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ally put down ; its suppression being signalised by the executions of the unfortunate Lady Jane Grey and her husband the Lord Guildford Dudley, of her father the duke of Suffolk, and finally, of Wyat himself.
On the 25th of July, Mary was married in the cathedral church of Winchester to the prince of Spain, afterwards Philip II., the son of the emperor Charles V. ; and the reunion with Rome was speedily completed by a parliament which assembled in the beginning of November, and which passed acts repealing the attainder of Cardinal Pole, who immediately after arrived in England with the dignity of papal legate, restoring the authority of the pope, repealing all laws made against the see of Rome since the 20th of Henry VIII., reviving the ancient statutes against heresy, and in short re-establishing the whole national system of religious policy as it had existed previous to the first innovations made by Henry VIII. By one of the acts of this session of parliament also Philip was authorised to take the title of king of England during the queen’s life. All these acts appear to have been passed with scarcely any debate or opposition in either house, except occasionally upon mere points of detail and form.
The remainder of the history of the reign of Mary is occupied chiefly with the sanguinary persecutions of the adherents to the reformed doctrines. The Protestant writers reckon that about two hundred and eighty victims perished at the stake, from the 4th of February, 1555, on which day John Rogers was burnt at Smithfield, to the 10th of November, 1558, when the last auto-da-fé of the reign took place by the execution in the same manner of three men and two women at Colchester. Dr. Lingard admits that after expunging from the Protestant lists “the names of all who were condemned as felons or traitors, or who died peaceably in their beds, or who survived the publication of their martyrdom, or who would for their heterodoxy have been sent to the stake by the reformed prelates themselves, had they been in possession of the power," and making every other reasonable allowance, will still be found " that in the space of four years almost two hundred persons perished in the flames for religious opinion.” Among the most distinguished sufferers were Hooper bishop of Gloucester, Ferrar of St. David's, Latimer of Worcester, Ridley of London, and Cranmer archbishop of Canterbury. Gardiner, bishop of Winchester and lord chancellor, was Mary's chief minister till his death in November, 1555, after which the direction of affairs fell mostly into the hands of Cardinal Pole, who after Cranmer's deposition was made archbishop of Canterbury ; but the notorious Bonner, Ridiey's successor in the see of London, has the credit of having been the principal instigator of these atrocities, which, it may be remarked, so far from contributing to put down the reformed doctrines, appear to have had a greater effect in disgusting the nation with the restored church than all other causes together.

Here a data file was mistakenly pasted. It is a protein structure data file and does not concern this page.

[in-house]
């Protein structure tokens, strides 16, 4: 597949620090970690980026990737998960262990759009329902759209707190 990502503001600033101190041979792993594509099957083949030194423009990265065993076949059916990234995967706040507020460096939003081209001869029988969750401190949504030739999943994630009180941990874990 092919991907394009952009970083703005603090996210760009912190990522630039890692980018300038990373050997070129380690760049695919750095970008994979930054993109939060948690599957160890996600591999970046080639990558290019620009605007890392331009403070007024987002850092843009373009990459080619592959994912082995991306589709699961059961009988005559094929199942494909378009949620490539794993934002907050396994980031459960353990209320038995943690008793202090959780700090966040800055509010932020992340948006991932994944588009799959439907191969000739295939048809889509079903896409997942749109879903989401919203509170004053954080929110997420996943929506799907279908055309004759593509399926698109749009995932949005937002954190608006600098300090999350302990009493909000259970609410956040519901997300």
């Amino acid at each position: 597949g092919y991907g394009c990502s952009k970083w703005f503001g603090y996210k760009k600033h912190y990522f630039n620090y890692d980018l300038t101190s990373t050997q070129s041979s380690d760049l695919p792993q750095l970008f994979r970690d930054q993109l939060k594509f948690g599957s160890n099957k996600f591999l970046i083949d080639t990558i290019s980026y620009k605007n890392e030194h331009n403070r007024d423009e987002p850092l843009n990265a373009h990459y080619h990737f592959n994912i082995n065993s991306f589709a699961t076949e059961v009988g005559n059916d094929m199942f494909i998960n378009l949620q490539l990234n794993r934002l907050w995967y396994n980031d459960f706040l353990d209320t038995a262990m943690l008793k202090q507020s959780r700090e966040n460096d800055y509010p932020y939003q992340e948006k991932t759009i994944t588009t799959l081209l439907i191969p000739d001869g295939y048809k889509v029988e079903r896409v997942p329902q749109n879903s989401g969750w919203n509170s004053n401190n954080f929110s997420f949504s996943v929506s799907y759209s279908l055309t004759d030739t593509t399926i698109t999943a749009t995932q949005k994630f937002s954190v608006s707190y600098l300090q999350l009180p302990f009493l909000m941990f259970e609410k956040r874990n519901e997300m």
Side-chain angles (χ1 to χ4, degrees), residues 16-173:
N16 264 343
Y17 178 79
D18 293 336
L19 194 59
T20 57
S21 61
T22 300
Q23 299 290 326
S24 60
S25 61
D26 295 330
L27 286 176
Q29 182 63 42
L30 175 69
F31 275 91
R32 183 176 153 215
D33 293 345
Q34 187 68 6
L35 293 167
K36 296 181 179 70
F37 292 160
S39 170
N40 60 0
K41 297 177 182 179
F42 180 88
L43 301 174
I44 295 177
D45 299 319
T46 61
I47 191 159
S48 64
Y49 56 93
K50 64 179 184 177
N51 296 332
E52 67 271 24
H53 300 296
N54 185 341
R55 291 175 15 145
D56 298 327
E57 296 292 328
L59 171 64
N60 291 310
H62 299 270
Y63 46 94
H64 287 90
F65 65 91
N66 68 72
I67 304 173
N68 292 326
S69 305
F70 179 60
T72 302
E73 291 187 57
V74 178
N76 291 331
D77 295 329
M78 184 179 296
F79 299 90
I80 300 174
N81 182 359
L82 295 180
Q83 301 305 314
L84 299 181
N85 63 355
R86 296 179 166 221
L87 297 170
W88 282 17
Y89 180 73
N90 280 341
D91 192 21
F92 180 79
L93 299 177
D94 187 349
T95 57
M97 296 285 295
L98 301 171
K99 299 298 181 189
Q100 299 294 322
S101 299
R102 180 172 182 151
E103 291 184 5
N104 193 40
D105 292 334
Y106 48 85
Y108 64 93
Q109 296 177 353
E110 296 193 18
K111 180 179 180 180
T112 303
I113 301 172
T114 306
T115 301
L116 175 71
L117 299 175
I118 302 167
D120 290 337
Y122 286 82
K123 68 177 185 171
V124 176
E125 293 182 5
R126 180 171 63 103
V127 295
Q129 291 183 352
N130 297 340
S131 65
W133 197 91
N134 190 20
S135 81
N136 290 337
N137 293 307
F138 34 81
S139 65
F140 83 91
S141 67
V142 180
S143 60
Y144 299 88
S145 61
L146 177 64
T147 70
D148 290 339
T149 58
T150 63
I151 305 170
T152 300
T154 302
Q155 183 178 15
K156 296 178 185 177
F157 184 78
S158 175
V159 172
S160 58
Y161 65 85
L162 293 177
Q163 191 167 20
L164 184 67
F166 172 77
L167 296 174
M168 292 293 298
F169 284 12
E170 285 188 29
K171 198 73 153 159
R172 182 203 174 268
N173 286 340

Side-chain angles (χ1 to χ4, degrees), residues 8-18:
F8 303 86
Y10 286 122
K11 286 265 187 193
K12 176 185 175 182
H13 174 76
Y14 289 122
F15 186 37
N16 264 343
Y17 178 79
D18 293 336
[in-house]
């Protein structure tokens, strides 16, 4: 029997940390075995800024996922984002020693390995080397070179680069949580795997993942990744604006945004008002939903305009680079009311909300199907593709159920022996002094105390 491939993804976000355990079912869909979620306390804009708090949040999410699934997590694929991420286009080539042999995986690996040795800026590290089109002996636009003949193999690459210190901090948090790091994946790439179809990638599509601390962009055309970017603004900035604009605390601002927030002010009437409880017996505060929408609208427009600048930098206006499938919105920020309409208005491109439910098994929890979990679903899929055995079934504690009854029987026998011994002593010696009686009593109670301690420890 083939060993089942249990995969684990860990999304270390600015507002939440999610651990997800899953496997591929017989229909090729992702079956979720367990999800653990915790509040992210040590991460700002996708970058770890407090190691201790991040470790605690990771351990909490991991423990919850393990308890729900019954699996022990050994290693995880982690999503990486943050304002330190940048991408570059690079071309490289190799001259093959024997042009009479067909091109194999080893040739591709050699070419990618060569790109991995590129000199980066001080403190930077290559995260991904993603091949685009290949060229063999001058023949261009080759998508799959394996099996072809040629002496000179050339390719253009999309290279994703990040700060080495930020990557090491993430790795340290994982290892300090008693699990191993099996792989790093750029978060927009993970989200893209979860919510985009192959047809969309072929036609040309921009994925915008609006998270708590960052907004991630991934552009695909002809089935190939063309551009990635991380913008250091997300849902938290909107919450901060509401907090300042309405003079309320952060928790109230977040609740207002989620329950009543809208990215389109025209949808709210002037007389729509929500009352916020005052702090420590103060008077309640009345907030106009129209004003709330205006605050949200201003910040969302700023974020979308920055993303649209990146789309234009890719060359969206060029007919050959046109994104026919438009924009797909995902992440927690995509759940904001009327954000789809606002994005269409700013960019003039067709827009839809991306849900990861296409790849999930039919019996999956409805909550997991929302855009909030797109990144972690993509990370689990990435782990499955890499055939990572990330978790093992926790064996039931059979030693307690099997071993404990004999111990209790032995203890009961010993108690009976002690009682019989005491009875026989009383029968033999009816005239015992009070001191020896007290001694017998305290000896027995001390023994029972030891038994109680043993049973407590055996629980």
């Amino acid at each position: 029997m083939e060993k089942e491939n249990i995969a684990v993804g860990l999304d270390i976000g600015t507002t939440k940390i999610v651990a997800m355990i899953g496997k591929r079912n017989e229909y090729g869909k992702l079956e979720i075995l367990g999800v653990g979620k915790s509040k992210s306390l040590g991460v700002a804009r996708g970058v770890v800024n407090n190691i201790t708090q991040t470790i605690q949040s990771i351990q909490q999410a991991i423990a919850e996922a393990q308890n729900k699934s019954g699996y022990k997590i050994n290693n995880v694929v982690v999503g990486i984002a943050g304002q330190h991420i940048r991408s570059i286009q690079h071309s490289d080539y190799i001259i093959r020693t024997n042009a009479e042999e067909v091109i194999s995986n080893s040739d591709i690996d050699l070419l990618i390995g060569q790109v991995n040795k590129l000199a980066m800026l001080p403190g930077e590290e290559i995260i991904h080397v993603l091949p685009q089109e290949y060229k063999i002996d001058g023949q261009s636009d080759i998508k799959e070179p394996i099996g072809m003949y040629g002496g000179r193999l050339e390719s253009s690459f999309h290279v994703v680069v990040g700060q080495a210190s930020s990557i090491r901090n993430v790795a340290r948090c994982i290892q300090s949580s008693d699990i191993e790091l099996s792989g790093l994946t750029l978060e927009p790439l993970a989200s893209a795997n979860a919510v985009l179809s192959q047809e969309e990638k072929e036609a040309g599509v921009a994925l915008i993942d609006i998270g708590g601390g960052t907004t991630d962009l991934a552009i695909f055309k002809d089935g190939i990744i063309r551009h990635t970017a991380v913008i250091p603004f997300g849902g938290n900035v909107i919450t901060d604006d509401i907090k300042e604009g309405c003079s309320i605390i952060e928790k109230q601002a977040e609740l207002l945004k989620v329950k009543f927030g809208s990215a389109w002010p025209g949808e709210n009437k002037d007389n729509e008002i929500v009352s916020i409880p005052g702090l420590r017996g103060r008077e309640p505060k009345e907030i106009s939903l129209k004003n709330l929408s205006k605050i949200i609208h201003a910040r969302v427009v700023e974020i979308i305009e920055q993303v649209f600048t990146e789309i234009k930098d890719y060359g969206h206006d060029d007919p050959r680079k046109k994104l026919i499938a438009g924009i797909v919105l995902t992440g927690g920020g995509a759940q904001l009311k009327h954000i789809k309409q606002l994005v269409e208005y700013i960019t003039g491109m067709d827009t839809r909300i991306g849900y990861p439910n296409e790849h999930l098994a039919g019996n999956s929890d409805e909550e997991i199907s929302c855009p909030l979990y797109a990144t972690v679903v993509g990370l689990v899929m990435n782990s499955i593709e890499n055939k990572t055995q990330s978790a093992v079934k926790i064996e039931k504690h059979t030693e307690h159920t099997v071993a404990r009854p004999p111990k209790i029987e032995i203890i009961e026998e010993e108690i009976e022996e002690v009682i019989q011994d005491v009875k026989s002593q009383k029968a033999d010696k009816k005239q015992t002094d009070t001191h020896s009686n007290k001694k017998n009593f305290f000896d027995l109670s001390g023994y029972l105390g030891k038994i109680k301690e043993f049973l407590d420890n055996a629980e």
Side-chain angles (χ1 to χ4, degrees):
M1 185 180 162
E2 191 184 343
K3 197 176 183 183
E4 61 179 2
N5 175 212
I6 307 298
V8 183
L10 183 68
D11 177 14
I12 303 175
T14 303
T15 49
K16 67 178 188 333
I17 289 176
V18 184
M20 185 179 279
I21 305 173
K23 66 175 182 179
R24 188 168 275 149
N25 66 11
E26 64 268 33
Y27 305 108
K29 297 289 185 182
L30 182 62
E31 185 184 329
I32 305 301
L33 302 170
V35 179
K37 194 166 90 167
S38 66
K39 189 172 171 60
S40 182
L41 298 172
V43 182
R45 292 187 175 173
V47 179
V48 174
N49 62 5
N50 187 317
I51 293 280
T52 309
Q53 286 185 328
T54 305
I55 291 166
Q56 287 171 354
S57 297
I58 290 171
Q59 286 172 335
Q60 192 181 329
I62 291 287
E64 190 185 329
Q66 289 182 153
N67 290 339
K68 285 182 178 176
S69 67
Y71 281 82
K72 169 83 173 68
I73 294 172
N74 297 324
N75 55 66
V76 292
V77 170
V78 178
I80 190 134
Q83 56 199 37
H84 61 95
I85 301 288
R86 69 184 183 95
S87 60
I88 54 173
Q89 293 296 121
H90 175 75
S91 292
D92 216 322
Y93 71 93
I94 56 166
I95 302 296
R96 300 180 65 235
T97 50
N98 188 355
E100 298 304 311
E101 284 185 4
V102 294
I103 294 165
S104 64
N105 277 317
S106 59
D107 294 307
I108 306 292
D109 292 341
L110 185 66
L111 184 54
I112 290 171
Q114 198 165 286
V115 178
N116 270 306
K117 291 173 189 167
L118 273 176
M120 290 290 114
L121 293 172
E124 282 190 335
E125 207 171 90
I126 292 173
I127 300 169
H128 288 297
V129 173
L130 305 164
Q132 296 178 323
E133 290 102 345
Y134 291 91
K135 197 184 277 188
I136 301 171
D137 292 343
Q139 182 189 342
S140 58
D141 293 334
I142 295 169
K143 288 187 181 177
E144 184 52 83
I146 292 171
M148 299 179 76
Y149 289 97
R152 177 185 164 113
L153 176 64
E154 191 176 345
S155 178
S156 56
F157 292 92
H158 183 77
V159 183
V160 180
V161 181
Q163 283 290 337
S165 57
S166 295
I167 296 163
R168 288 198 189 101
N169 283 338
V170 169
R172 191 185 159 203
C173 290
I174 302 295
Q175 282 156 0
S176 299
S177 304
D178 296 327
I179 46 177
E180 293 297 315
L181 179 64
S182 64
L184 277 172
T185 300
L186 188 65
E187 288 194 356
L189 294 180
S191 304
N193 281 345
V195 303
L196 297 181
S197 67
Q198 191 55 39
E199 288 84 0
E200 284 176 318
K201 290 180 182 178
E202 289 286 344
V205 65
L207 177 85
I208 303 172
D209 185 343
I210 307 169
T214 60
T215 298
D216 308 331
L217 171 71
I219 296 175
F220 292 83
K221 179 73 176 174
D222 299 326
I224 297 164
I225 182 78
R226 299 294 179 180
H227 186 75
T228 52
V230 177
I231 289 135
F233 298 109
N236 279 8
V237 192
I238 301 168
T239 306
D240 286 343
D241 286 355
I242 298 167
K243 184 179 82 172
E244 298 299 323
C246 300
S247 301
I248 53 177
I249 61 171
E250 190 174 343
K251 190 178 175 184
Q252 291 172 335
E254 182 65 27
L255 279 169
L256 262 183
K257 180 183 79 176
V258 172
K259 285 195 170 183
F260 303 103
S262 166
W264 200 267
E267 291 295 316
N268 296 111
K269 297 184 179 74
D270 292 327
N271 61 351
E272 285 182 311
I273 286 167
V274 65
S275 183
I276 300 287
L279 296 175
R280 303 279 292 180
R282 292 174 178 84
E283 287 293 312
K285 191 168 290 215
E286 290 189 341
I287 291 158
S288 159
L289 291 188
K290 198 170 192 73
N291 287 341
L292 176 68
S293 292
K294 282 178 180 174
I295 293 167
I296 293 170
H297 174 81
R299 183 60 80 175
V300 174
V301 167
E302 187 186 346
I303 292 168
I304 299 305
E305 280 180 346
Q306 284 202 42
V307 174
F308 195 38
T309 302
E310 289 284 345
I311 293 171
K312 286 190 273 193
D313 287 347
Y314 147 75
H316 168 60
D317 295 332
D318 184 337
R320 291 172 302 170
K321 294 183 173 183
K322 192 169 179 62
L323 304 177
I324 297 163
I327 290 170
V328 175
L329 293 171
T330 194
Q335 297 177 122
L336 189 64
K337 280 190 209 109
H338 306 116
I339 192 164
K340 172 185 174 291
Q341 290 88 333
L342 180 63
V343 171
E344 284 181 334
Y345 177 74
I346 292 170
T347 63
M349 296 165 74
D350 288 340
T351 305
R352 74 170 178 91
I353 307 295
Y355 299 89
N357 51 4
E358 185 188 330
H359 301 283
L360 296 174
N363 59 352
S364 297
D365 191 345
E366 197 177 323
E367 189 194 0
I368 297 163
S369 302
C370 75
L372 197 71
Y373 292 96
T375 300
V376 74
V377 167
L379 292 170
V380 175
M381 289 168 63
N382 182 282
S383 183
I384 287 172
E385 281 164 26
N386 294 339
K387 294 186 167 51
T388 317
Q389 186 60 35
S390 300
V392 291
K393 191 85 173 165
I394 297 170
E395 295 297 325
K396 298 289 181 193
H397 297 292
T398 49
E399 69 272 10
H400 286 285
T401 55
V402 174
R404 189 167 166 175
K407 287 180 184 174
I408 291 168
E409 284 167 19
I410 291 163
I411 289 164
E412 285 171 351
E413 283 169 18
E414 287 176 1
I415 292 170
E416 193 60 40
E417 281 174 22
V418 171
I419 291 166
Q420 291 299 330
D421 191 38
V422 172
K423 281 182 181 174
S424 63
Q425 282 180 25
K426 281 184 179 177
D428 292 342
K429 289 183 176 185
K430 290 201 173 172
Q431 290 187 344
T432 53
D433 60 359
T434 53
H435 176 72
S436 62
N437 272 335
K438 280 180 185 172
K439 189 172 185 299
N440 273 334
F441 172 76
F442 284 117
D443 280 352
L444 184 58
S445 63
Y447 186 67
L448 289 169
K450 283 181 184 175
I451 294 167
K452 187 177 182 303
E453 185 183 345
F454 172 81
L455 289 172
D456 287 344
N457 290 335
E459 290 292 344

At the same time that the new opinions in religion were thus attempted to be extinguished by committing the bodies of those who believed in them to the flames, the queen gave a further proof of the sincerity of her own faith by restoring to the church the tenths and first-fruits, with all the rectories, glebe-lands, and tithes that had been annexed to the crown in the times of her father and brother. She also re-established several of the old religious houses, and endowed them as liberally as her means enabled her.
Tired both of the country and of his wife, Philip left England, in the beginning of September, 1555, and continued absent for about a year and a half. The bond however by which this marriage attached the English court to Spain and the Empire remained the same as ever ; and when, after a short cessation of hostilities, war recommenced in the spring of 1557 between Spain and France, Mary was prevailed upon to join the former against the latter power. The principal consequence of this step, in so far as this country was concerned, was the loss of the only remaining